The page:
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Pauillac: One of the four great wine communes of the Medoc peninsula just northwest of the city of Bordeaux along the Gironde River in France. Some say it is the greatest of the four key wine appellations, since so many first growths of the Bordeaux region lie within the Pauillac commune. In fact, lesser regional wines from Pauillac are scarce because most of the wine produced in the region belongs to those famous first growths and is bottled under their names.
Pedro Ximenes: Grape variety used in Spanish sherries, where it often adds sweetness.
Petite Verdot: Grape variety most famous from Bordeaux but used elsewhere also.
PH: a measure of acidity in a wine.
Phenolics: A term to include all of the various types of compounds having the general chemistry of phenols. Grape and wine pigments are phenolics, as is tannin. See polyphenols.
Photosynthesis: The biochemistry that manufactures carbohydrates (sugars) in green tissue of living plants from CO2 and water. The CO2 enters leaves directly from air and the water comes up from the roots. The reaction uses sunlight as its energy source.
Phylloxera: A microscopic aphid that lives on vine roots by sucking their juice. Unfortunately this is never good for roots. The aphid kills European wine varieties but native American vine roots are resistant. Hence most all vines in Europe are grafted on to American root stock – bet you never new that!
Pinot: One of the world's most important family names among the world's wine grape varieties. The most famous member is Pinot Noir, although its white-fruited variant, Pinot Blanc, deserves special recognition as well.
Polyphenols: Chemical class of compounds which occur naturally in wine, giving it an astringent, bitter or mouth-drying taste sensation. Tannins and grape skin pigments are two prominent classes of polyphenols.
Pomace: The solid remains of grapes after pressing for juice.
Port: Any of the rich, sweet, alcoholic and full-bodied wines from the Oporto region of Portugal. Other countries also use the term for wines of similar type, but the original name is Portuguese.
Powdery mildew: A devastating fungal disease of grape vines that, unlike most fungal diseases, thrives in dry climates. Also called odium, it occurs in most of the wine regions of the world. It can be controlled by timely application of sulphur dust directly onto the vine leaves and immature fruit. New fungicides have been introduced in recent years that greatly improve a vine's recovery from severe attacks. See Downey mildew.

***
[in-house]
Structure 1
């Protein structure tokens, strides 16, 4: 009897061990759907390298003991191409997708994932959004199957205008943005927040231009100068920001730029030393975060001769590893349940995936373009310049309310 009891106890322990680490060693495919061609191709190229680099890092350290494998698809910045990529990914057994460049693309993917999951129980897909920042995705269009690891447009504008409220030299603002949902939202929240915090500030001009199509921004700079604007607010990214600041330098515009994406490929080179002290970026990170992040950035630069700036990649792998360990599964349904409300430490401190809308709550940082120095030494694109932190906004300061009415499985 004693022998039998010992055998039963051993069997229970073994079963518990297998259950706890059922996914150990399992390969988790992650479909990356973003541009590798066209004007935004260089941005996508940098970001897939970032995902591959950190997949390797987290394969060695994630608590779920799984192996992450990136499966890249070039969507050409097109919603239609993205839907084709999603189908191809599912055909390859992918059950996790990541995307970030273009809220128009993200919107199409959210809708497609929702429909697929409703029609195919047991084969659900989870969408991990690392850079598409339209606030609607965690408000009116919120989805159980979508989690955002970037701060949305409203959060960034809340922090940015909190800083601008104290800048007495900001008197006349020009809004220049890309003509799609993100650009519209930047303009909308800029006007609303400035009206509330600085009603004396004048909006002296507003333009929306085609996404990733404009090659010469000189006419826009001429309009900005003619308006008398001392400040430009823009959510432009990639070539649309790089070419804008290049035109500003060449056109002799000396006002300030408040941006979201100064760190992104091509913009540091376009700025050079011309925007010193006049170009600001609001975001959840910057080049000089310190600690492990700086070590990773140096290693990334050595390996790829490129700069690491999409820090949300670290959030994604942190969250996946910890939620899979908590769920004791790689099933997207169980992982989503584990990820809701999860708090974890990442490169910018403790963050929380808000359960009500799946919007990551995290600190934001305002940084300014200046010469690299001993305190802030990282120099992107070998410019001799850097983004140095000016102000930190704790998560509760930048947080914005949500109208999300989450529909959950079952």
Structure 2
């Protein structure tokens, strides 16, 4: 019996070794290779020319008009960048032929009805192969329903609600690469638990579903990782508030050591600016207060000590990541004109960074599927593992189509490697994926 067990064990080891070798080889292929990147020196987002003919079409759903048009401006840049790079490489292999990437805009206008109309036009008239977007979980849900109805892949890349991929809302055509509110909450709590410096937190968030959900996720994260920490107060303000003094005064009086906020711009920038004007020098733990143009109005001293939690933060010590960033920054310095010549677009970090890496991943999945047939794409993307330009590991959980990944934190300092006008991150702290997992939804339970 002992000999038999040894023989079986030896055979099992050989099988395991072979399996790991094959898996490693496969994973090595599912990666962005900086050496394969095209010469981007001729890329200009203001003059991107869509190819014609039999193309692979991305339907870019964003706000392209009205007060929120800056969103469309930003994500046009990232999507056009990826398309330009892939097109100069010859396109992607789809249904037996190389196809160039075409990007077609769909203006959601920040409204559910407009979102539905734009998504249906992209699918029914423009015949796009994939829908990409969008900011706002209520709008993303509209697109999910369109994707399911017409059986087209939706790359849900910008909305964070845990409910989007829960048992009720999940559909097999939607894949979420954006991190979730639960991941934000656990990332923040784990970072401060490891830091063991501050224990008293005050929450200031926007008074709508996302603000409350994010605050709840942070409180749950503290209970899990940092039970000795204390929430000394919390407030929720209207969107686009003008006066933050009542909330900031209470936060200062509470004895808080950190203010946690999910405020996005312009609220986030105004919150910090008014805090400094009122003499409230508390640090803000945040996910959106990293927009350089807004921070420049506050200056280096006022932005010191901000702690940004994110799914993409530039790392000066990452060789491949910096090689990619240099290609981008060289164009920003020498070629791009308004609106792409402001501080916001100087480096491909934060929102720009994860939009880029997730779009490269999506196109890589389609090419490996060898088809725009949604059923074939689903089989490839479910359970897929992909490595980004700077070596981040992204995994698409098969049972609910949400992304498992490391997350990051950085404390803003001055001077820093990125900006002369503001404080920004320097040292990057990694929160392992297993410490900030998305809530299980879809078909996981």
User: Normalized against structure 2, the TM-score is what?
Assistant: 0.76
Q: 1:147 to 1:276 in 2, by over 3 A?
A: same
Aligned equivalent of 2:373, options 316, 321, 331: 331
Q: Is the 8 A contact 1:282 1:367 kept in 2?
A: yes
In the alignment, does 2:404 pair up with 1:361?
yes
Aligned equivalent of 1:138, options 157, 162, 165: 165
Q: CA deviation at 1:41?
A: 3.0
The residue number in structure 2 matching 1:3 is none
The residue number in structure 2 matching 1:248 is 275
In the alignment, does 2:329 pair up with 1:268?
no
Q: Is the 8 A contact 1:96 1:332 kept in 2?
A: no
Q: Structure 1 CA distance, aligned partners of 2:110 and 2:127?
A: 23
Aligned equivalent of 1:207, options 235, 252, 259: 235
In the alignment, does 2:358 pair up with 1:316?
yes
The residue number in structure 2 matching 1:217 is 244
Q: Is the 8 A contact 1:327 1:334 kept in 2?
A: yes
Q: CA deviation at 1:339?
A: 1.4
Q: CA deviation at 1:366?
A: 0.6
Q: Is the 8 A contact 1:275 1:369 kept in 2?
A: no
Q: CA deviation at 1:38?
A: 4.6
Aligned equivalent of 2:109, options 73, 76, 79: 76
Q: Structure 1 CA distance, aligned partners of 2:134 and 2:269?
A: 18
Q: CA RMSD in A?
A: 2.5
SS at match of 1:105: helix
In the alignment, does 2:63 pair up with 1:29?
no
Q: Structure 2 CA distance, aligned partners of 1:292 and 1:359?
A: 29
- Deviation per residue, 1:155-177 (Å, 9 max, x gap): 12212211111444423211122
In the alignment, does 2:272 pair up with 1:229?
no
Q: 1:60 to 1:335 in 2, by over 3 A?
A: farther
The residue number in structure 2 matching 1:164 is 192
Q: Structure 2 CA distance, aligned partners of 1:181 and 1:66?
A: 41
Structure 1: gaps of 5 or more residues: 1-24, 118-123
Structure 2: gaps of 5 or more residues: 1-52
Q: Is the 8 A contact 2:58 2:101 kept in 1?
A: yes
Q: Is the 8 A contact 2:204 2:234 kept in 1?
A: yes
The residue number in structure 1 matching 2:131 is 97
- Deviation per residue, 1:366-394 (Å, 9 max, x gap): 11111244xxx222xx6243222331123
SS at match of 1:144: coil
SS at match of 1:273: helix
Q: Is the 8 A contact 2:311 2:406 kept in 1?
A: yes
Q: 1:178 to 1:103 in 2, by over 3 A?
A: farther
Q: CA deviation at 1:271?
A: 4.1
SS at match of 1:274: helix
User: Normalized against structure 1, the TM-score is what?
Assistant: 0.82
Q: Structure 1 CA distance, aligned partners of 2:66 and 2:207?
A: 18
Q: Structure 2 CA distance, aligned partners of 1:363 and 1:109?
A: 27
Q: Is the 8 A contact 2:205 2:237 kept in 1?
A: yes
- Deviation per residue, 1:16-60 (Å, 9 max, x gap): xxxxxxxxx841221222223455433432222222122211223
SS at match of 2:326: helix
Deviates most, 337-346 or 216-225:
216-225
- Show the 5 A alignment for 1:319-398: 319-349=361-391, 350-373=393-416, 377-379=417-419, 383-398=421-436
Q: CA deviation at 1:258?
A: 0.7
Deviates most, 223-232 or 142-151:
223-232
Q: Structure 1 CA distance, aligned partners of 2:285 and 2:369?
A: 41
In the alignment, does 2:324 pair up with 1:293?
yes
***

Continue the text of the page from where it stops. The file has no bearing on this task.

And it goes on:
Press juice: The juice obtained not by draining but by pressing fresh pomace. It is usually far more tannic (often bitter) than drained or lightly pressed (free run) juice.
Primativo: An Italian grape variety thought to be identical to Zinfandel.
Proof: Scale for measuring and expressing the alcohol content of high alcohol liquids. Proof is never used for wine. The proof of a liquor is twice its alcohol content, i.e., 80 proof = 40% alcohol. Since wine is always much lower in alcohol than the range commonly used for proof, the term has no use in wine production and is not used on wine labels.
Pruning: The act of cutting off various parts of grape vines, usually in winter when the vines are dormant. Pruning develops the shapes of vines when they are young and controls the growth, fruit quantity (and therefore, quality) of producing vines.
Pumping over: The act of pumping wine out from a bottom valve of a fermenting tank up onto the top of the fermenting mass in the same tank to keep the floating "cap" of skins wet. This is necessary during fermentation of red wine in order to achieve complete extraction of colour and flavour from the skins.
Punching down: The act of pushing the cap down into the fermenting liquid to wet it and facilitate colour and flavour extraction. This is the traditional method, but it can only be used for small tanks.
Punt: The concave indentation in the bottom of certain wine bottles, especially those containing sparkling wine. Several reasons for it may be found in literature: to collect crystals or sediment (this only works if the bottle is standing upright) so that the wine may be decanted easily. Today’s wine bottles use the punt for balance i.e. taller or heavier bottles have a larger punt vs. smaller lighter bottles – take a look